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Paul J. Chang, MD, medical director of enterprise imaging at the University of Chicago, began his presentation Monday morning at RSNA 2016 by saying his goal was to upset “everyone in the room” with his opinions on quality and IT. He said this with a smile, of course, but he did go on to speak about quality in different terms than radiologists are used to hearing. 

Recent Headlines

Dosimetry using average-sized phantoms leads to considerable errors

The use of non-size-dependent reference phantoms to calculate CT dose can lead to errors in calculating the radiation received by a patient, according to an article published in the American Journal of Roentgenology. Using data from the National Lung Screening Trial, researchers found using an average height and weight to calculate dose can lead to errors of up to 200 percent when compared with a more accurate estimate using a particular patient’s height and weight. 

X-ray scanners in New Hampshire prison may pose health concerns amongst other things

X-ray machines in New Hampshire’s prisons were initially brought in to stop the influx of drugs. But a year later, these machines await installation due to health concerns and the language used in the bill that passed last year.

MRI useful for second look at inconclusive mammograms

MRI can be a useful tool for taking a second look at mammograms that are considered inconclusive in a process known as “problem-solving MRI," but radiologists should be cautious about the possibility of false negatives, according to a study published in the American Journal of Roentgenology.

Toshiba America Medical Systems wins $828 million for radiology systems

Toshiba America Medical Systems has been awarded $828 million contract from the Defense Logistics Agency to aid in radiology systems, accessories and training for the U.S. Air Force, Army, Navy, Marine Corps and federal civilian agencies.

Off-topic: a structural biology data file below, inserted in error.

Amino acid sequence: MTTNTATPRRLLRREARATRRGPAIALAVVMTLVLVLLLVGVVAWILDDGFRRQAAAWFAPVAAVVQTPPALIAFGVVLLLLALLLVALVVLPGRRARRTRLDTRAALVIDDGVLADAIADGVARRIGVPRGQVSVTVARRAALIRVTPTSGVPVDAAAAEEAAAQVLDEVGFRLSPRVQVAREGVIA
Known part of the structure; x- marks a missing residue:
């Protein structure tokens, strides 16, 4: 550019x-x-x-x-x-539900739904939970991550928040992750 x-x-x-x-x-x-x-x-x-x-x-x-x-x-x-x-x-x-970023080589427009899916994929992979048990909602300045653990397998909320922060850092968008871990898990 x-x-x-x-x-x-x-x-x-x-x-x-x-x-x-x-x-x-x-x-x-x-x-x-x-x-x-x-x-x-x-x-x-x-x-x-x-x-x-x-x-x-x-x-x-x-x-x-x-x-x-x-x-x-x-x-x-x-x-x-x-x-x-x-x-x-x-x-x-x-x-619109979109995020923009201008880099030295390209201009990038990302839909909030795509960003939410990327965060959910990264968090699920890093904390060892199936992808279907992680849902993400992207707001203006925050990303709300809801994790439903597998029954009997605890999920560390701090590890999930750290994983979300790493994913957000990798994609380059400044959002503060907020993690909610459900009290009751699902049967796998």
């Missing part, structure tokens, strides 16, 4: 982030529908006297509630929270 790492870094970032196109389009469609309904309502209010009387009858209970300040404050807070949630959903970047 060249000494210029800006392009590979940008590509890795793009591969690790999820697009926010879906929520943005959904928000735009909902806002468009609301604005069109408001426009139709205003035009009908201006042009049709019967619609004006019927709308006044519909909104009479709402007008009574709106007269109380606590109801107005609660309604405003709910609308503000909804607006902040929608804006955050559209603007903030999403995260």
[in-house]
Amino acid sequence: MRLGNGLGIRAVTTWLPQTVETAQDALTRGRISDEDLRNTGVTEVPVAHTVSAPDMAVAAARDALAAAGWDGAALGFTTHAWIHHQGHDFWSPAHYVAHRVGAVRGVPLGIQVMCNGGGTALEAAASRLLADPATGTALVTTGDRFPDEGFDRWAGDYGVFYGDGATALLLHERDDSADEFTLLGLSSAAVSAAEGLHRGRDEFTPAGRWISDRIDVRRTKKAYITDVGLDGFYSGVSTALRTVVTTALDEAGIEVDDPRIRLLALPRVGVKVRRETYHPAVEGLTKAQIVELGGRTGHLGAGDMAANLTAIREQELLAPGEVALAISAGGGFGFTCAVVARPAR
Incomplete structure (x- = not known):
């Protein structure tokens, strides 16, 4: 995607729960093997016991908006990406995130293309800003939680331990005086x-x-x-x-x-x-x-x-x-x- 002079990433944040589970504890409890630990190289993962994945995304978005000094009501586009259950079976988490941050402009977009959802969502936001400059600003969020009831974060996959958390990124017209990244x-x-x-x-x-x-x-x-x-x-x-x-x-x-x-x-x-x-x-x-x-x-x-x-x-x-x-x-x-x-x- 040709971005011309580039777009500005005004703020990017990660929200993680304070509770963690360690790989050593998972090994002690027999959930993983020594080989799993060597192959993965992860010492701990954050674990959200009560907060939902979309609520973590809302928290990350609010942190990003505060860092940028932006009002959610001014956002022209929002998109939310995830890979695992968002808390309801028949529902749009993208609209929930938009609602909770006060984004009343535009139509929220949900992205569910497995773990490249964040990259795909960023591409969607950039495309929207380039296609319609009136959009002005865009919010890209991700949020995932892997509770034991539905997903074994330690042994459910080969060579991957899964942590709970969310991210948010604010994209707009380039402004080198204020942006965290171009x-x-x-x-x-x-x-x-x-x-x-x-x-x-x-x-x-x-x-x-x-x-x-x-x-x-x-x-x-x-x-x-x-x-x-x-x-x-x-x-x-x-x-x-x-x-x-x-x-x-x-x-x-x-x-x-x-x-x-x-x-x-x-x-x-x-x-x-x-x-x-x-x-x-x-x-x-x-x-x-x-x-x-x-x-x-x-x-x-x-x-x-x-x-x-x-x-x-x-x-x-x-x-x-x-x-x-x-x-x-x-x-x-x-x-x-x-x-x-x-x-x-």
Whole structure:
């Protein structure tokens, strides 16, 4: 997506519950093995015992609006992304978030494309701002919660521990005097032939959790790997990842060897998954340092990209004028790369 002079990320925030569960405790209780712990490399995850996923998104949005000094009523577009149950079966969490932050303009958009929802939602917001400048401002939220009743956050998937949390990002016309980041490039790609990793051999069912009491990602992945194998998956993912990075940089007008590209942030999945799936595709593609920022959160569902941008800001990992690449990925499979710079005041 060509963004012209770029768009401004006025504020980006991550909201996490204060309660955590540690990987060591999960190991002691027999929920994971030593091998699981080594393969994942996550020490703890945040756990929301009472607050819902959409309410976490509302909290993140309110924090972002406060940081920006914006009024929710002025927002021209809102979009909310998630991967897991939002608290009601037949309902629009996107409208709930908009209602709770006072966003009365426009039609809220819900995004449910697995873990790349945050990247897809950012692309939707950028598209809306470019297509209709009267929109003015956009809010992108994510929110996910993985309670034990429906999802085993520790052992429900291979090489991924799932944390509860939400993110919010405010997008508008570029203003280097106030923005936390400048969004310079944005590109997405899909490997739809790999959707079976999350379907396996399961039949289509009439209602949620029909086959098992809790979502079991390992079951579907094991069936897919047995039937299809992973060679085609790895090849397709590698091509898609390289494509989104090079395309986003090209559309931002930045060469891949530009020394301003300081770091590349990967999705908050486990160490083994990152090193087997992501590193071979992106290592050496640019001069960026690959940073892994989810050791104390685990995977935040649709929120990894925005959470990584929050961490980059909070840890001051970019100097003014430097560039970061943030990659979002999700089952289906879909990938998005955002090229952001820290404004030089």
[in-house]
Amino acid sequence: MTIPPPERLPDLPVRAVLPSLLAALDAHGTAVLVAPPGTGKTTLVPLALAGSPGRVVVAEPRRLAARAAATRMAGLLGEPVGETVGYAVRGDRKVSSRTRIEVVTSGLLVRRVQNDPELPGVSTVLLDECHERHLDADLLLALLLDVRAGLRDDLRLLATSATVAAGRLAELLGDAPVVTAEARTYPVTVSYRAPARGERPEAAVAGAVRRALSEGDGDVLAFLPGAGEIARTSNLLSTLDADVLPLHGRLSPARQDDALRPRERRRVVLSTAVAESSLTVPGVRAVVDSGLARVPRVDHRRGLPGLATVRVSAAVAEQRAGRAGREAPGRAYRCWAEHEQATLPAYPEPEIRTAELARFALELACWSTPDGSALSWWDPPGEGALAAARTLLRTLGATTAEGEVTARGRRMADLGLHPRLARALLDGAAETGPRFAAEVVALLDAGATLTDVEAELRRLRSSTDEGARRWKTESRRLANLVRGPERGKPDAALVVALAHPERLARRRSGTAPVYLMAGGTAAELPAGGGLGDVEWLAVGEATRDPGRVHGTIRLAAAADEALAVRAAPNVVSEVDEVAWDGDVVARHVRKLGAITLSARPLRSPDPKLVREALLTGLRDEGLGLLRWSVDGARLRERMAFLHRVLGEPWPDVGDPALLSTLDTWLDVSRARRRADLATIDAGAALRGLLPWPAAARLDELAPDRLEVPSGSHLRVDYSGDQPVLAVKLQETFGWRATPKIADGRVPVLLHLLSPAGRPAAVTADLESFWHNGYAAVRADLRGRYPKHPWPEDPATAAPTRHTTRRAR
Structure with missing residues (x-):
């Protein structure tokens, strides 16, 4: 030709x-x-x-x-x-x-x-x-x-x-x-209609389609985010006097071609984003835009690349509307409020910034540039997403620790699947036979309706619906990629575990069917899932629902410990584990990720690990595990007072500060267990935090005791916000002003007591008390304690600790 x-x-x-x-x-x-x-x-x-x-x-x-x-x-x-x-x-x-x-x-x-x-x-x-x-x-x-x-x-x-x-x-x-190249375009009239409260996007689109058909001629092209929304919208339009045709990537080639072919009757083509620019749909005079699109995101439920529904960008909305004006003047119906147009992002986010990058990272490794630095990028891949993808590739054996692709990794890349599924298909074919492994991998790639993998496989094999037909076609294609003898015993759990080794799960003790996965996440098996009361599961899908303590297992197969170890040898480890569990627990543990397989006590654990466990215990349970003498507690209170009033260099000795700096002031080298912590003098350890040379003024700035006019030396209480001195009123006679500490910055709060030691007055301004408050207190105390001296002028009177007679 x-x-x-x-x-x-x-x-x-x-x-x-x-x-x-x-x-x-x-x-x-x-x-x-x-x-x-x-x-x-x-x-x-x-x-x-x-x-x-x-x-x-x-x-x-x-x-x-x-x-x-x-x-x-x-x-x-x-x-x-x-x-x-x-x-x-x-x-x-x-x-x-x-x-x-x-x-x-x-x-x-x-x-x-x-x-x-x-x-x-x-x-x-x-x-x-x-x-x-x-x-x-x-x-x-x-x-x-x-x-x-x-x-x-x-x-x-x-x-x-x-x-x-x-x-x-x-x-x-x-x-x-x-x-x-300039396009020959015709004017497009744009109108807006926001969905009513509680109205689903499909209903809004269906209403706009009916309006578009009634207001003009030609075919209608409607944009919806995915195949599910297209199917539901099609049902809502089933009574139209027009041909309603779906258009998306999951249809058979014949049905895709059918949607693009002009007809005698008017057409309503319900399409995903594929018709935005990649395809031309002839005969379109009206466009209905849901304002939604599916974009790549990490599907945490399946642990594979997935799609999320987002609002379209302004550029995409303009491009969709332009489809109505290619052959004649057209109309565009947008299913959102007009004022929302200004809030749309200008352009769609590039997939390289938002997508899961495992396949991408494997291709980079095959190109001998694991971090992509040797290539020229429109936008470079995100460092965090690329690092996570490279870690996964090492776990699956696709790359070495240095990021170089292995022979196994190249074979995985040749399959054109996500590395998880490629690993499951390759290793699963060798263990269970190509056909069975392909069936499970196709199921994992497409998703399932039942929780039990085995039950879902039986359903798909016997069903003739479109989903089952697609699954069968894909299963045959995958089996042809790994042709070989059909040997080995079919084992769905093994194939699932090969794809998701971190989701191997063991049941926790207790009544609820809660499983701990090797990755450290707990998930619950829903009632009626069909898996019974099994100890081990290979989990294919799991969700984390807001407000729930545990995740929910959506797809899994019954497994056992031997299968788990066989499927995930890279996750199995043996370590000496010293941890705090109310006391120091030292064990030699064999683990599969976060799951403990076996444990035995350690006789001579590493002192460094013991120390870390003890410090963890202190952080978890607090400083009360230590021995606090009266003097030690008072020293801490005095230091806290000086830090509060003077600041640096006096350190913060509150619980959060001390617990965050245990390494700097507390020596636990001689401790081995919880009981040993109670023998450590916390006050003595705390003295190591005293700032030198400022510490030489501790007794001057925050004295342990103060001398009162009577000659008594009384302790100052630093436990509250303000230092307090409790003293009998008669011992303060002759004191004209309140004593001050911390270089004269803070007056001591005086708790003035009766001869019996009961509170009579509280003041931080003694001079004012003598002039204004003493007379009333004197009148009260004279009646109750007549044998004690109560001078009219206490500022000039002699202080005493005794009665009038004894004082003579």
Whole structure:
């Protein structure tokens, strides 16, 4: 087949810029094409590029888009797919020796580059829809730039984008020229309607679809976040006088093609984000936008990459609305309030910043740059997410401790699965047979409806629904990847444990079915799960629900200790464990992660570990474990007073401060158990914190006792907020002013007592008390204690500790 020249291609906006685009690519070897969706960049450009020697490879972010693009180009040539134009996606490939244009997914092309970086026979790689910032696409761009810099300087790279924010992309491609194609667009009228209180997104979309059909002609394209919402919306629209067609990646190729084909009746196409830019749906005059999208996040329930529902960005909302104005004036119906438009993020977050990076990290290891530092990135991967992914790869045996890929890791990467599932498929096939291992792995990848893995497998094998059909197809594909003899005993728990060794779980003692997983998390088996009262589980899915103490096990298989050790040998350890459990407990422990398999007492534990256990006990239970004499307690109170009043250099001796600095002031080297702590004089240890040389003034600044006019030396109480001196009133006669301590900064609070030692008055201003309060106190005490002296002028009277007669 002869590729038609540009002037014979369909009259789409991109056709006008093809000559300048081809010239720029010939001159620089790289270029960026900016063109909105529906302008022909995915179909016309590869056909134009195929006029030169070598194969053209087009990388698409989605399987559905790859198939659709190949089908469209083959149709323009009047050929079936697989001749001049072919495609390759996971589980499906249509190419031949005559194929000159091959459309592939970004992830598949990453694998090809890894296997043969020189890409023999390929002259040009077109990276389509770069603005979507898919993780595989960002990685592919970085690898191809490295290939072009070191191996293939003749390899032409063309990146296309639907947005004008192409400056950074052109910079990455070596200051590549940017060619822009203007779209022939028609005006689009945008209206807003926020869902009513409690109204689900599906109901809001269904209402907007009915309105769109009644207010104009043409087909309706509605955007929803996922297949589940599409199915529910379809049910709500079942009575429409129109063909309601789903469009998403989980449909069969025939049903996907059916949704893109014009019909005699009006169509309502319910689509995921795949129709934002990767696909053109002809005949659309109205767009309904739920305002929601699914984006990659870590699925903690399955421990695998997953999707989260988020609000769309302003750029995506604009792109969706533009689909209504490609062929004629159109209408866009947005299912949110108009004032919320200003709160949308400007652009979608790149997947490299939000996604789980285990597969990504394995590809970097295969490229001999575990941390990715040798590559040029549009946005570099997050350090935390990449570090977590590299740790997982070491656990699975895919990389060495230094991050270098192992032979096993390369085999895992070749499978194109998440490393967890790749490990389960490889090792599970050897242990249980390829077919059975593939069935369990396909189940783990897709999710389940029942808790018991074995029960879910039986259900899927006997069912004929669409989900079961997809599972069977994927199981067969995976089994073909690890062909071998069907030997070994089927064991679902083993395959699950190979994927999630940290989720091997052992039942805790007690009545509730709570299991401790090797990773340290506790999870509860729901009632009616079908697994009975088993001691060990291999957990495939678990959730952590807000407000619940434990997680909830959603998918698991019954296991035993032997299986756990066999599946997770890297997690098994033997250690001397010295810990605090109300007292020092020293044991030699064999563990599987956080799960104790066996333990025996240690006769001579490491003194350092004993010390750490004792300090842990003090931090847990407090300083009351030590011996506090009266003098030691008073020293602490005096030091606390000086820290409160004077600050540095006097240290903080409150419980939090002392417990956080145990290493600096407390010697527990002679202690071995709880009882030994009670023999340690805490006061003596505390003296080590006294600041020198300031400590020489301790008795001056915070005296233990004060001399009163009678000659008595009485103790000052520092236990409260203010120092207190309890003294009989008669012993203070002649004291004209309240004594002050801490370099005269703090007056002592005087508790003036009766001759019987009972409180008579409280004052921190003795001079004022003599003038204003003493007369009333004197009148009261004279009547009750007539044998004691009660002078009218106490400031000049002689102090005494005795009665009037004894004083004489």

MRI illuminates changes in astronauts' gray matter

A new study has detailed what spaceflight can do to the shape and consistency of the human brain. Researchers examined structural MRIs of astronauts and found considerable changes in the gray matter in various sections of the brain.

FDA OKs MR-conditioning labeling for Abbott MRI pacemaker

A magnetic resonance (MR)-conditioning labeling for Abbott’s Assurity MRI pacemaker and its Tendreil MRI pacing lead received approval by the U.S. Food and Drug Administration.

The unexpected social impact of ultrasound

Ultrasound imaging permanently changed the abortion debate by allowing people to physically see the fetus, a development that was quickly mobilized by pro-life activists.

ACR touts Imaging 3.0 with case study

The American College of Radiology (ACR)'s Imaging 3.0 initiative has given imaging professionals the leadership tools to influence America's rapidly evolving healthcare system, providing case studies, technology management training, and programs such as the Imaging 3.0 Accelerator and Radiology Support communication, and Alignment Network, better known as R-SCAN. 

Philips announces state-of-the-art interventional system

Virtual reality was trumpeted as the next step in entertainment in 2016, so it’s no surprise that it’s making its way into medicine as well. Royal Philips announced a next-generation hybrid operating room system, combining 3D x-ray with optical imaging for spine, cranial and trauma surgery.

Caltech scientists develop way to visualize gene expression using MRI

Scientists from the California Institute of Technology (Caltech) have developed a method to visualize gene expression in cells using magnetic resonance imaging (MRI).

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